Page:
When comparing the percentage changes from baseline in each group, the authors reported greater reductions in TC (P=0.004) and in non-HDL-C (P=0.009) after the ALD compared with the AAD (P=0.004). For LDL-C, the percentage reductions were greater after the ALD (P=0.004) and after the CHOC-ALD (P=0.04) compared with the AAD. The CHOC resulted in a higher percentage increase in glucose compared with the ALD (P=0.003); however, no significant differences were observed for the other markers of blood sugar control or inflammation.
Systolic blood pressure significantly decreased from baseline after the AAD and ALD (P<0.05 for both) but not after the CHOC diet and CHOC+ALD. Diastolic blood pressure significantly decreased from baseline after the ALD (P=0.04); however, the percentage changes were not significantly different among the treatments. The brachial artery diameter, measured before cuff occlusion and at peak dilation after cuff release, was larger after the CHOC than after the ALD (P<0.01 for both). No differences in FMDs were observed between the CHOC and ALD. No treatment effects were observed for LDL oxidation or urinary 8-isoprostanes.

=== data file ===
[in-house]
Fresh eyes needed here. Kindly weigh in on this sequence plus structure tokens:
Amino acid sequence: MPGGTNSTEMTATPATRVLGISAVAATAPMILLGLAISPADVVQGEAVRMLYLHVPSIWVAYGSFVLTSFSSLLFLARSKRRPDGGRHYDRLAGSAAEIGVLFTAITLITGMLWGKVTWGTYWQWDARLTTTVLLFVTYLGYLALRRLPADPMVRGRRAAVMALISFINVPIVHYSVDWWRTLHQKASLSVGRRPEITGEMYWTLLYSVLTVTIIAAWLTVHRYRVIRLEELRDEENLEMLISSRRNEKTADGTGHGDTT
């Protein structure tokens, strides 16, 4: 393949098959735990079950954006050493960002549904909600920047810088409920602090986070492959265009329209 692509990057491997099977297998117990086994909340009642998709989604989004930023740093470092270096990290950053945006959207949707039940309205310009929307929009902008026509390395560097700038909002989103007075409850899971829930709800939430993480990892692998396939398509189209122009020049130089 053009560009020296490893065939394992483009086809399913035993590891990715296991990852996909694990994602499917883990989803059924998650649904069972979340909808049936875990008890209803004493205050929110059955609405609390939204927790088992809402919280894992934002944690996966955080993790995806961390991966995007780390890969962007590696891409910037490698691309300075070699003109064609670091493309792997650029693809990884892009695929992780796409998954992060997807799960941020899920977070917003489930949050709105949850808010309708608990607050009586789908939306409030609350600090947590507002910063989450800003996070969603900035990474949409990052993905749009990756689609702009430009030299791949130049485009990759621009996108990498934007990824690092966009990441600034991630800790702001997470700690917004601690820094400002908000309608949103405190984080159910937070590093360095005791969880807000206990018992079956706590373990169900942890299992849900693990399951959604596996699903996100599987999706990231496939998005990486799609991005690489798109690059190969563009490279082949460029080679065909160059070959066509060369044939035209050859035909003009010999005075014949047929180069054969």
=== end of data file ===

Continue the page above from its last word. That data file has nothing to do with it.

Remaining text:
“The mechanisms by which almonds may affect lipids and lipoproteins have not been fully understood, despite some plausible hypotheses,” write the authors. The high fatty acid content of almonds likely results in reduced LDL-C levels, as seen in this study. Consistent with this current study, a previous meta-analysis of 19 randomized controlled trials reported a neutral effect of cocoa and dark chocolate on LDL-C.